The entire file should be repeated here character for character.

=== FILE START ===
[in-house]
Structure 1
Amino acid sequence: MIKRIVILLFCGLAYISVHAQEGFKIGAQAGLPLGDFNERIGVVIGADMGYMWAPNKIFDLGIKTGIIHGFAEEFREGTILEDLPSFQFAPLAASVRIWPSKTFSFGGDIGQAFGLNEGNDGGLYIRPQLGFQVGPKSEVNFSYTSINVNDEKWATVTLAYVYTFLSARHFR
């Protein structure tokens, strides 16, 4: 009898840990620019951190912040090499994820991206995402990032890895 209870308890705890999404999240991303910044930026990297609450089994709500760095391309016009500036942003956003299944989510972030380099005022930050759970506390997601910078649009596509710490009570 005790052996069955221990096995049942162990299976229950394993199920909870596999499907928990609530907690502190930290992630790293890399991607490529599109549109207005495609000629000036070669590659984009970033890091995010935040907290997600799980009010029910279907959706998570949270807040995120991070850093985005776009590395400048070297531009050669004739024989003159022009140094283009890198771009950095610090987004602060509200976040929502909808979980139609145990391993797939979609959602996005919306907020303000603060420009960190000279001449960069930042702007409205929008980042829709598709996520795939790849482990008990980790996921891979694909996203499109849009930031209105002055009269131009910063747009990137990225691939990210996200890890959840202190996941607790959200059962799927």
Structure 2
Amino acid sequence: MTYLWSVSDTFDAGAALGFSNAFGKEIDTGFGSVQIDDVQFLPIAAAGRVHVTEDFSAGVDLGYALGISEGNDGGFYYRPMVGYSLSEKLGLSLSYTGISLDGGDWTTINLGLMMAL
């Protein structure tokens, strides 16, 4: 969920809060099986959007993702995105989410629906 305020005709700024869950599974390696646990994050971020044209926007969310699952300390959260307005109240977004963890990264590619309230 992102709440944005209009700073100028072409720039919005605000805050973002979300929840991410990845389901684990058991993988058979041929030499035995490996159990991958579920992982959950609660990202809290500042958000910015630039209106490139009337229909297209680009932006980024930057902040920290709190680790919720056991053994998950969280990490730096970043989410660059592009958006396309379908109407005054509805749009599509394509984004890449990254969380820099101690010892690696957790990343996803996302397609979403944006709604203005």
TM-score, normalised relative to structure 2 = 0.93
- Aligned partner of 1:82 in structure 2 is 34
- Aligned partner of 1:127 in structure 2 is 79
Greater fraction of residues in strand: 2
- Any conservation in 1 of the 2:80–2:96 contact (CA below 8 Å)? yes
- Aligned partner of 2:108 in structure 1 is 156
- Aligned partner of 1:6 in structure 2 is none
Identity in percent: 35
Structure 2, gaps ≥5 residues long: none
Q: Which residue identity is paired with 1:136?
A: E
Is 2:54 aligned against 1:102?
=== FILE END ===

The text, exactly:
[in-house]
Structure 1
Amino acid sequence: MIKRIVILLFCGLAYISVHAQEGFKIGAQAGLPLGDFNERIGVVIGADMGYMWAPNKIFDLGIKTGIIHGFAEEFREGTILEDLPSFQFAPLAASVRIWPSKTFSFGGDIGQAFGLNEGNDGGLYIRPQLGFQVGPKSEVNFSYTSINVNDEKWATVTLAYVYTFLSARHFR
């Protein structure tokens, strides 16, 4: 009898840990620019951190912040090499994820991206995402990032890895 209870308890705890999404999240991303910044930026990297609450089994709500760095391309016009500036942003956003299944989510972030380099005022930050759970506390997601910078649009596509710490009570 005790052996069955221990096995049942162990299976229950394993199920909870596999499907928990609530907690502190930290992630790293890399991607490529599109549109207005495609000629000036070669590659984009970033890091995010935040907290997600799980009010029910279907959706998570949270807040995120991070850093985005776009590395400048070297531009050669004739024989003159022009140094283009890198771009950095610090987004602060509200976040929502909808979980139609145990391993797939979609959602996005919306907020303000603060420009960190000279001449960069930042702007409205929008980042829709598709996520795939790849482990008990980790996921891979694909996203499109849009930031209105002055009269131009910063747009990137990225691939990210996200890890959840202190996941607790959200059962799927």
Structure 2
Amino acid sequence: MTYLWSVSDTFDAGAALGFSNAFGKEIDTGFGSVQIDDVQFLPIAAAGRVHVTEDFSAGVDLGYALGISEGNDGGFYYRPMVGYSLSEKLGLSLSYTGISLDGGDWTTINLGLMMAL
């Protein structure tokens, strides 16, 4: 969920809060099986959007993702995105989410629906 305020005709700024869950599974390696646990994050971020044209926007969310699952300390959260307005109240977004963890990264590619309230 992102709440944005209009700073100028072409720039919005605000805050973002979300929840991410990845389901684990058991993988058979041929030499035995490996159990991958579920992982959950609660990202809290500042958000910015630039209106490139009337229909297209680009932006980024930057902040920290709190680790919720056991053994998950969280990490730096970043989410660059592009958006396309379908109407005054509805749009599509394509984004890449990254969380820099101690010892690696957790990343996803996302397609979403944006709604203005």
TM-score, normalised relative to structure 2 = 0.93
- Aligned partner of 1:82 in structure 2 is 34
- Aligned partner of 1:127 in structure 2 is 79
Greater fraction of residues in strand: 2
- Any conservation in 1 of the 2:80–2:96 contact (CA below 8 Å)? yes
- Aligned partner of 2:108 in structure 1 is 156
- Aligned partner of 1:6 in structure 2 is none
Identity in percent: 35
Structure 2, gaps ≥5 residues long: none
Q: Which residue identity is paired with 1:136?
A: E
Is 2:54 aligned against 1:102?